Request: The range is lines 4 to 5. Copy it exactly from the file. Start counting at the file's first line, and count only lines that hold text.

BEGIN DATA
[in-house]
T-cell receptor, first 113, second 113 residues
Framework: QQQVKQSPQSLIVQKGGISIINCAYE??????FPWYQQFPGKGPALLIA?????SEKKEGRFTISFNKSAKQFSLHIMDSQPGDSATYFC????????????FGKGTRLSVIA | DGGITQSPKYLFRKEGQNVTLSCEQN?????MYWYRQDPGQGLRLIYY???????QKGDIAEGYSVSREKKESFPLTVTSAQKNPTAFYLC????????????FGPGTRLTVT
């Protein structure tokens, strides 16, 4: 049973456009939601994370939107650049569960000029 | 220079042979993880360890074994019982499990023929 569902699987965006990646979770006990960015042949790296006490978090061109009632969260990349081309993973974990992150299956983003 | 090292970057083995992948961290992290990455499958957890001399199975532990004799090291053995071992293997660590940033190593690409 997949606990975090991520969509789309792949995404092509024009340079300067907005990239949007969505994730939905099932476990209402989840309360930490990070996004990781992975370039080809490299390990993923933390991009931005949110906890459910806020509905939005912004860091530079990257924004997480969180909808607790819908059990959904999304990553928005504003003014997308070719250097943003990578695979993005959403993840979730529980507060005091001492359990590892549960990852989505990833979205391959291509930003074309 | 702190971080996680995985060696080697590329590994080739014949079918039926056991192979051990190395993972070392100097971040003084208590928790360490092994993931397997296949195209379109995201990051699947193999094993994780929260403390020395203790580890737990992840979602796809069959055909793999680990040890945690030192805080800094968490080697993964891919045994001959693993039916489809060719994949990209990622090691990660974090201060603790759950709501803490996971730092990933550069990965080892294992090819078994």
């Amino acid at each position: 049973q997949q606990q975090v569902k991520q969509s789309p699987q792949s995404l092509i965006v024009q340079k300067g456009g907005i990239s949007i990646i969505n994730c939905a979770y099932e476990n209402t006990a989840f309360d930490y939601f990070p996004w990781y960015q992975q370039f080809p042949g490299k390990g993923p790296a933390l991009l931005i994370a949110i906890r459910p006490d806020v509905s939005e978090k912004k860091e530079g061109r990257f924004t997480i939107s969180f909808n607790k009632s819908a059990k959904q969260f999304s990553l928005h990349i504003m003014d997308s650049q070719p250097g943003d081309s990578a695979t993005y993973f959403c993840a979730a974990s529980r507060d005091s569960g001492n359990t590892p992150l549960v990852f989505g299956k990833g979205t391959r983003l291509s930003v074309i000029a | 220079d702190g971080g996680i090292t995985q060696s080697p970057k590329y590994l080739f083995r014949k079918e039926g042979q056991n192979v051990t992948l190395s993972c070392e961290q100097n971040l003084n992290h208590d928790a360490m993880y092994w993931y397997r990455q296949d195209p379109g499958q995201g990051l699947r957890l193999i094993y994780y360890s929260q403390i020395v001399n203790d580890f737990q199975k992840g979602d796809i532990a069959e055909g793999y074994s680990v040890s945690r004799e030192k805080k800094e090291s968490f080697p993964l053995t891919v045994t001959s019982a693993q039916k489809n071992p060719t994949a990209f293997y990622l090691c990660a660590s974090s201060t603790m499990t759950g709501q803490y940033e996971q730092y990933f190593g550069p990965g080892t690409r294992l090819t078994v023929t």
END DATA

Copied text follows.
């Protein structure tokens, strides 16, 4: 049973456009939601994370939107650049569960000029 | 220079042979993880360890074994019982499990023929 569902699987965006990646979770006990960015042949790296006490978090061109009632969260990349081309993973974990992150299956983003 | 090292970057083995992948961290992290990455499958957890001399199975532990004799090291053995071992293997660590940033190593690409 997949606990975090991520969509789309792949995404092509024009340079300067907005990239949007969505994730939905099932476990209402989840309360930490990070996004990781992975370039080809490299390990993923933390991009931005949110906890459910806020509905939005912004860091530079990257924004997480969180909808607790819908059990959904999304990553928005504003003014997308070719250097943003990578695979993005959403993840979730529980507060005091001492359990590892549960990852989505990833979205391959291509930003074309 | 702190971080996680995985060696080697590329590994080739014949079918039926056991192979051990190395993972070392100097971040003084208590928790360490092994993931397997296949195209379109995201990051699947193999094993994780929260403390020395203790580890737990992840979602796809069959055909793999680990040890945690030192805080800094968490080697993964891919045994001959693993039916489809060719994949990209990622090691990660974090201060603790759950709501803490996971730092990933550069990965080892294992090819078994």
């Amino acid at each position: 049973q997949q606990q975090v569902k991520q969509s789309p699987q792949s995404l092509i965006v024009q340079k300067g456009g907005i990239s949007i990646i969505n994730c939905a979770y099932e476990n209402t006990a989840f309360d930490y939601f990070p996004w990781y960015q992975q370039f080809p042949g490299k390990g993923p790296a933390l991009l931005i994370a949110i906890r459910p006490d806020v509905s939005e978090k912004k860091e530079g061109r990257f924004t997480i939107s969180f909808n607790k009632s819908a059990k959904q969260f999304s990553l928005h990349i504003m003014d997308s650049q070719p250097g943003d081309s990578a695979t993005y993973f959403c993840a979730a974990s529980r507060d005091s569960g001492n359990t590892p992150l549960v990852f989505g299956k990833g979205t391959r983003l291509s930003v074309i000029a | 220079d702190g971080g996680i090292t995985q060696s080697p970057k590329y590994l080739f083995r014949k079918e039926g042979q056991n192979v051990t992948l190395s993972c070392e961290q100097n971040l003084n992290h208590d928790a360490m993880y092994w993931y397997r990455q296949d195209p379109g499958q995201g990051l699947r957890l193999i094993y994780y360890s929260q403390i020395v001399n203790d580890f737990q199975k992840g979602d796809i532990a069959e055909g793999y074994s680990v040890s945690r004799e030192k805080k800094e090291s968490f080697p993964l053995t891919v045994t001959s019982a693993q039916k489809n071992p060719t994949a990209f293997y990622l090691c990660a660590s974090s201060t603790m499990t759950g709501q803490y940033e996971q730092y990933f190593g550069p990965g080892t690409r294992l090819t078994v023929t």